Teachers For A New Era
Gore Education Complex C203
Tallahassee, Florida 32307
The Chemistry Department & TNE
Since the summer of 2004 the General Chemistry faculty has been working to find ways to improve student pass rates in their courses. Some of their first efforts concerned matching the courses (CHM 1045 and CHM 1046) to state, national and learned society (American Chemical Society) standards. Next, the instructors standardized their teaching across sections of the course by meeting weekly with a science educator and the FAMU Teachers for a New Era (TNE) Curriculum & Evidence Coordinator to agree on the amount of time spent on various units and the numbers and types of questions which would be included on unit tests. While implementing these changes, they piloted the use of a placement test to determine whether a particular cut score could help predict a student’s potential success in those courses. With the statistical help of the other team members, they found that with the use of a American Chemical Society (ACS) test and a student’s SAT and/or ACT math scores, they could fairly accurately determine those students who would benefit by taking an introductory Chemistry course (CHM 1020) before attempting General Chemistry.
Challenges continue in implementing the administration of the test, advisement, and placement of students into the appropriate course, but those appropriately placed have shown a markedly improved pass rate. In spite of obstacles, the General Chemistry faculty continues to strive to improve instruction for students who take these courses, which are perceived as “barrier” courses. One semester each faculty member committed to using a pedagogical technique of his or her choice, which they had not used consistently in the past. Unfortunately, they did not find one technique that yielded better results than the rest. Undaunted, they decided to attempt a more student-centered approach spring semester 2010.
The thinking behind this approach is that student who fail exams often assert that they really studied for the test. The General Chemistry faculty decided to accept that assertion as true: students probably did study for the test. However, the problem may be that they do not know HOW to study effectively for the type of test which they will be given. Rather than counting on a hit or miss approach to students discovering the best way to study for this type of test, the faculty, with the help of TNE, put together a personal study plan based on Bloom’s taxonomy. After each exam, faculty members review the results and decide which concepts students had the most trouble mastering. During the next class period the instructor tells the class which concepts will be reviewed in the following practice sessions.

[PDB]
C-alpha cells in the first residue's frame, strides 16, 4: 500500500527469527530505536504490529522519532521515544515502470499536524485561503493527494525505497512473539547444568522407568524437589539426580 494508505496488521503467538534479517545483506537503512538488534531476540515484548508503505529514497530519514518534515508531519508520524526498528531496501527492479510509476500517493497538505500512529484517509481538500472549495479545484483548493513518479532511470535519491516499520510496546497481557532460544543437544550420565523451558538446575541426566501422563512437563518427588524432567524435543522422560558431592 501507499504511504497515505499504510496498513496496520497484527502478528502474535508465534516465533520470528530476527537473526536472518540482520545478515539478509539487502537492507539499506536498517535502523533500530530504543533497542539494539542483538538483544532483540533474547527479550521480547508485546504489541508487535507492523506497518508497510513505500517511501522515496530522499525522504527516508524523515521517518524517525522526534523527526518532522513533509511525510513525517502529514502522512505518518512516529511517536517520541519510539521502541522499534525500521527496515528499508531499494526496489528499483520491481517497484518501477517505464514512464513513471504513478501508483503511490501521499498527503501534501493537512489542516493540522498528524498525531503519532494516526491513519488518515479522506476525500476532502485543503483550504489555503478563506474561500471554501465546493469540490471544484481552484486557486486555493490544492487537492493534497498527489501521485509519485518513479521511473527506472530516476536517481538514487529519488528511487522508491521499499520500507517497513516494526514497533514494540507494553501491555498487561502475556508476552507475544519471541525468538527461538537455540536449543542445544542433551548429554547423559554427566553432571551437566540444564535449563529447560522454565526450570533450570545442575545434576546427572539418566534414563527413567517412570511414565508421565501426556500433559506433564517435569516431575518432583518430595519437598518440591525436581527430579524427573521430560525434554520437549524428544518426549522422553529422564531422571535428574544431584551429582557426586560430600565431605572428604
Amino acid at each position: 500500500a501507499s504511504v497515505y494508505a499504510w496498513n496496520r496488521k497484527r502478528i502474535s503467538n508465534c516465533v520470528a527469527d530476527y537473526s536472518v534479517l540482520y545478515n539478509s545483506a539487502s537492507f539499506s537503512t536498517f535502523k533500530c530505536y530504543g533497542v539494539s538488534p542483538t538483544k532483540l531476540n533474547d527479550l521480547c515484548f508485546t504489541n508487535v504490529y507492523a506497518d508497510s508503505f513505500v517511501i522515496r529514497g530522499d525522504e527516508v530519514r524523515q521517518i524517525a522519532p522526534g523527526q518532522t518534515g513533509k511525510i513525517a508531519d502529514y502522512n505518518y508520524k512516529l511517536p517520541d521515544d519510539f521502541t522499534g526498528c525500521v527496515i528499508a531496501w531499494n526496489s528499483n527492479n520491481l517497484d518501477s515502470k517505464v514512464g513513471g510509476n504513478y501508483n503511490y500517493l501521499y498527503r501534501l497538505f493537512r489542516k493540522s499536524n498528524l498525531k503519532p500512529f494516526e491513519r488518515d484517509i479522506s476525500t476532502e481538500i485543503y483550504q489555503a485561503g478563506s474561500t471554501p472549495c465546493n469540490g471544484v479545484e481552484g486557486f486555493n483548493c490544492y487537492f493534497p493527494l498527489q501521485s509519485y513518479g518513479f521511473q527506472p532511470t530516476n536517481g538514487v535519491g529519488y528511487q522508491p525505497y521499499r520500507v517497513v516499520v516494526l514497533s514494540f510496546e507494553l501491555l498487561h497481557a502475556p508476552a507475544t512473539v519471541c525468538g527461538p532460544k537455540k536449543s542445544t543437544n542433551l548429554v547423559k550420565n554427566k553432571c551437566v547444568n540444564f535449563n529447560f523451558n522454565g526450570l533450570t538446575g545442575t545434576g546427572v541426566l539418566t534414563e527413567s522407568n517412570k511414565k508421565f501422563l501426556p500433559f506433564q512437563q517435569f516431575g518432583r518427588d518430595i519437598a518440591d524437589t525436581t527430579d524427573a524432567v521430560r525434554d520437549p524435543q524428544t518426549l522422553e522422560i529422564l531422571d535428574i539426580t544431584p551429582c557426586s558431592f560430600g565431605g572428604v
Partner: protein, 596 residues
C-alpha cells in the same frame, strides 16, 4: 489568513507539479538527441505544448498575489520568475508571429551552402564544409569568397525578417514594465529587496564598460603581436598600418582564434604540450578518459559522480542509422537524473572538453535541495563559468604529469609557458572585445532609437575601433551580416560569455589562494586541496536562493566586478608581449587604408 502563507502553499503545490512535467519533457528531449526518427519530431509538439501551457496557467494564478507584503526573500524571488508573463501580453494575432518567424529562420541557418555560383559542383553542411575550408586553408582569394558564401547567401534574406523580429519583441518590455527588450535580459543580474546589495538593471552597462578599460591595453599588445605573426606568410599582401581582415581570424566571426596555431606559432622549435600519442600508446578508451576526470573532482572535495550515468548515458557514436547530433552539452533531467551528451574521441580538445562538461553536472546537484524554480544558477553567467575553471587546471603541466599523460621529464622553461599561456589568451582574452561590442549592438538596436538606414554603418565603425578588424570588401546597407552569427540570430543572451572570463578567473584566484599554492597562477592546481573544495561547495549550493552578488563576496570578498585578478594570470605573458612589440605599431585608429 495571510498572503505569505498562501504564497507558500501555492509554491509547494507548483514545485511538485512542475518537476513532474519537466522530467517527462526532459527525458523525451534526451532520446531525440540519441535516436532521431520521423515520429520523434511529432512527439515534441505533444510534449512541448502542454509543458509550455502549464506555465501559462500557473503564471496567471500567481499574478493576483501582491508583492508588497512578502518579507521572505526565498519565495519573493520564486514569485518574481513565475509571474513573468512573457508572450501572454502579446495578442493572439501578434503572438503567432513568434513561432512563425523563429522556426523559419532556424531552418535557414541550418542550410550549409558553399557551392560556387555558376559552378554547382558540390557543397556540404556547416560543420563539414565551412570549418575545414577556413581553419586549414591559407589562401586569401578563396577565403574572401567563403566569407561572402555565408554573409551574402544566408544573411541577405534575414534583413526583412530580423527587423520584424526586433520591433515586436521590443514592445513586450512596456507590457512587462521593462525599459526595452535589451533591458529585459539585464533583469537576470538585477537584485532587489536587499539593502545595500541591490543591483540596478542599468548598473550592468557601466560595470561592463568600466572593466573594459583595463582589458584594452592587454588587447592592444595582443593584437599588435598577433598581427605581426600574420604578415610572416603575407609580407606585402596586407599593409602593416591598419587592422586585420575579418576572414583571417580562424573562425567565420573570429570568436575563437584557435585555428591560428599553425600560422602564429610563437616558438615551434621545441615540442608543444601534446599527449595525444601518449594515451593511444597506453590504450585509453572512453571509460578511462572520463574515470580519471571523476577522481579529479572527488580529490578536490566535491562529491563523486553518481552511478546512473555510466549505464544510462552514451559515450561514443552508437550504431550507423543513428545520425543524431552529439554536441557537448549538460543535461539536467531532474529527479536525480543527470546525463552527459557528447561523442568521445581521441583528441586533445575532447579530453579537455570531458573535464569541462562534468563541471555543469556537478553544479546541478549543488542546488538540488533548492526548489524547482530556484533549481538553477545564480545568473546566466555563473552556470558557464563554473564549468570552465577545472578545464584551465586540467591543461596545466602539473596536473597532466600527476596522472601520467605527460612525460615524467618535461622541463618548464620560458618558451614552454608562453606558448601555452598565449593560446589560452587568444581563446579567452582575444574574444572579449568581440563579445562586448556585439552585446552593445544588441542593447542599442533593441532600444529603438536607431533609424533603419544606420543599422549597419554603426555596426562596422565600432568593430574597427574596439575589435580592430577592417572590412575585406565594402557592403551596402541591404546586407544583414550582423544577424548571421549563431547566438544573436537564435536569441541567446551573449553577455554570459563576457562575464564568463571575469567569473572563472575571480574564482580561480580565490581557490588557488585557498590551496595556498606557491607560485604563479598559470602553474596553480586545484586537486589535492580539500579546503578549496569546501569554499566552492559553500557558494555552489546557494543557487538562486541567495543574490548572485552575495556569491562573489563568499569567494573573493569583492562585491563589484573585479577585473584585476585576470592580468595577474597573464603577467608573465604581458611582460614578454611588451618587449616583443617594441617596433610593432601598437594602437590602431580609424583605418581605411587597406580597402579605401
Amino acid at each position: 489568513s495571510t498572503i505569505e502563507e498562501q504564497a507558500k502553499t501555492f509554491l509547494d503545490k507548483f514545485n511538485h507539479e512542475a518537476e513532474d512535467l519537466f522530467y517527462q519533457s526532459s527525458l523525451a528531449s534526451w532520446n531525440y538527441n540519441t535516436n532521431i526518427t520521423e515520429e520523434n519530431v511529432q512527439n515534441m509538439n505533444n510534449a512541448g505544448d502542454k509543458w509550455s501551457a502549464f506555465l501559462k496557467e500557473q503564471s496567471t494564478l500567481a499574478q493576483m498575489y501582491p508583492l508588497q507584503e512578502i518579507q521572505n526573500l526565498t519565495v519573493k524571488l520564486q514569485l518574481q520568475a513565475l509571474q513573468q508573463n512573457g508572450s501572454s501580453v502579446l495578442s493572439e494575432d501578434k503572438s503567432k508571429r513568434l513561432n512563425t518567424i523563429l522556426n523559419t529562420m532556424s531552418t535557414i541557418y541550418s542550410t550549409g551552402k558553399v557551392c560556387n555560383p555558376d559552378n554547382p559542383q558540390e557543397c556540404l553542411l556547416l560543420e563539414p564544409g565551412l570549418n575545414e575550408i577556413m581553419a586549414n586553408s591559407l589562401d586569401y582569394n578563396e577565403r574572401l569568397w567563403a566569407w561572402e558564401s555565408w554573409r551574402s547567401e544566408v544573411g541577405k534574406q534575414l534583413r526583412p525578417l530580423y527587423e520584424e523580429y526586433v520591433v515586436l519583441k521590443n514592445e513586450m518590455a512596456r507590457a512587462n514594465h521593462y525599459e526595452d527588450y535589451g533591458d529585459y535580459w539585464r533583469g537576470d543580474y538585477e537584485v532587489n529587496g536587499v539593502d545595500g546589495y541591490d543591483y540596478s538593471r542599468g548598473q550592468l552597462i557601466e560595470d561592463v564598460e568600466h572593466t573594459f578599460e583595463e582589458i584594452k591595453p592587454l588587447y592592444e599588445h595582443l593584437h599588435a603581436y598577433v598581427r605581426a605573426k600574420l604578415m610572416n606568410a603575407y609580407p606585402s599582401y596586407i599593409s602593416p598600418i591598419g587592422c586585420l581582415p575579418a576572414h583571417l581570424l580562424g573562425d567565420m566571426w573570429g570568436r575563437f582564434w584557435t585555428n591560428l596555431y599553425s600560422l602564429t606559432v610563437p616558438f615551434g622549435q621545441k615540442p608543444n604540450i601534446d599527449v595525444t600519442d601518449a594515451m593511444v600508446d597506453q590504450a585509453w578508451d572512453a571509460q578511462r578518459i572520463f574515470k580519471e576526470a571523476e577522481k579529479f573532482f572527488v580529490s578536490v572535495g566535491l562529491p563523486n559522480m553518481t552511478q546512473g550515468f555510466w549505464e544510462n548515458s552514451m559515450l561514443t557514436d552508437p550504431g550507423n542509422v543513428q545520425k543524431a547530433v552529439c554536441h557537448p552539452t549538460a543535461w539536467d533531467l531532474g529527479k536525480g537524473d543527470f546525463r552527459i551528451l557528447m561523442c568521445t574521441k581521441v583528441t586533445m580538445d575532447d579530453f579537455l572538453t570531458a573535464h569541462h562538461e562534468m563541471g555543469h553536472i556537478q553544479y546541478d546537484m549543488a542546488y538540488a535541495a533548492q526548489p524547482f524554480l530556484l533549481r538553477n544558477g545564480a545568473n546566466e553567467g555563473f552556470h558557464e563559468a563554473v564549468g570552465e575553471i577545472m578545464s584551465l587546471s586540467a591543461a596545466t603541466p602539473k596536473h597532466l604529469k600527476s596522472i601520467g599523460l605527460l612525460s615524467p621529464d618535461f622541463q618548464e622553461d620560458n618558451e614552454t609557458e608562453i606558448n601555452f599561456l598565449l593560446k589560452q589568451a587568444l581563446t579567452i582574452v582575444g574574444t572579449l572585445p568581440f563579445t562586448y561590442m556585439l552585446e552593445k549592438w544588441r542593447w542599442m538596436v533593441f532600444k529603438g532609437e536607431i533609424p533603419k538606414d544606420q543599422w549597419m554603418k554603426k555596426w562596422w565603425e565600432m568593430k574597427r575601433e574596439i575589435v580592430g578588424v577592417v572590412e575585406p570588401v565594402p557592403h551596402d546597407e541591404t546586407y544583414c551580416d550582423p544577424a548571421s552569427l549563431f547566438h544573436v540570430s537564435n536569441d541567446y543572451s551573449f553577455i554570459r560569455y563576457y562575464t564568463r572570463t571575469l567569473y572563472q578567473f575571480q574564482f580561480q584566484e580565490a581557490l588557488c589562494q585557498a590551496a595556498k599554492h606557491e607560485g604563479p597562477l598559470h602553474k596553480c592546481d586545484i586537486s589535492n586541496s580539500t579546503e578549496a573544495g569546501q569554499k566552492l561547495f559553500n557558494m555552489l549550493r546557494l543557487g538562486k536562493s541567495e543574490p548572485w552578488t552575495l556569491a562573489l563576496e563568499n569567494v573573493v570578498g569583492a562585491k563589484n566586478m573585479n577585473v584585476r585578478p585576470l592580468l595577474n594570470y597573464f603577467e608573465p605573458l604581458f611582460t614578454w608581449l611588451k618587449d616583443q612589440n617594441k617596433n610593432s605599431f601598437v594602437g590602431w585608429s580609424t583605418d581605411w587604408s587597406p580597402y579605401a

At the first practice session, students get to look at a copy of their test answers and fill in the personalized study plan form, which indicates the questions which matched each level of each concept. Armed with this knowledge, they can plan to attend the practice sessions which pertain to those topics they did not master. The form explains the types of skills associated with each level question. For example, at the knowledge level, it indicates, “can remember pretty much word for word what the text and/or notes said; knows definitions of important terms; can solve a problem that is just like one of the homework, practice or review problems.” In addition, the form outlines what the student is doing well if he or she answered correctly all of a level of questions on any given concept. For the knowledge level it says, “If you are getting all these questions right, you are doing a good job of studying the text and your notes.” It also makes suggestions for ways to improve; at the knowledge level, this advice takes the form of, “ If you are not, taking notes as you read the text and notes in class is a good place to start. You might want to make flashcards of important terms and seek other resources (the chemistry tutoring room, professor’s office hours, practice sessions, the opportunity to ask questions at the beginning or end of class.”
In the course of field testing the form, the faculty discovered several things. First, in using the form to indicate to students which questions test which concepts, it became clear that there are too many concepts on each exam. Students may do better if they are tested more frequently on fewer concepts. Second, if faculty really want to be able to determine the level at which their students begin to struggle, they will need to have more of each level of question about each concept on each test. This could make exams unmanageably long. Further, one of the faculty members realized he was not giving students enough practice problems to go with each level of each concept in preparation for the test.
With their tenacious record of continually attempting to improve instruction, the General Chemistry faculty continues to adjust their teaching to meet the needs of their students. The current student-centered approach has promise, but will need to be revised and monitored to see if it makes a statistically significant difference in student performance. Teachers for a New Era continues to offer support and technical assistance for their ongoing efforts.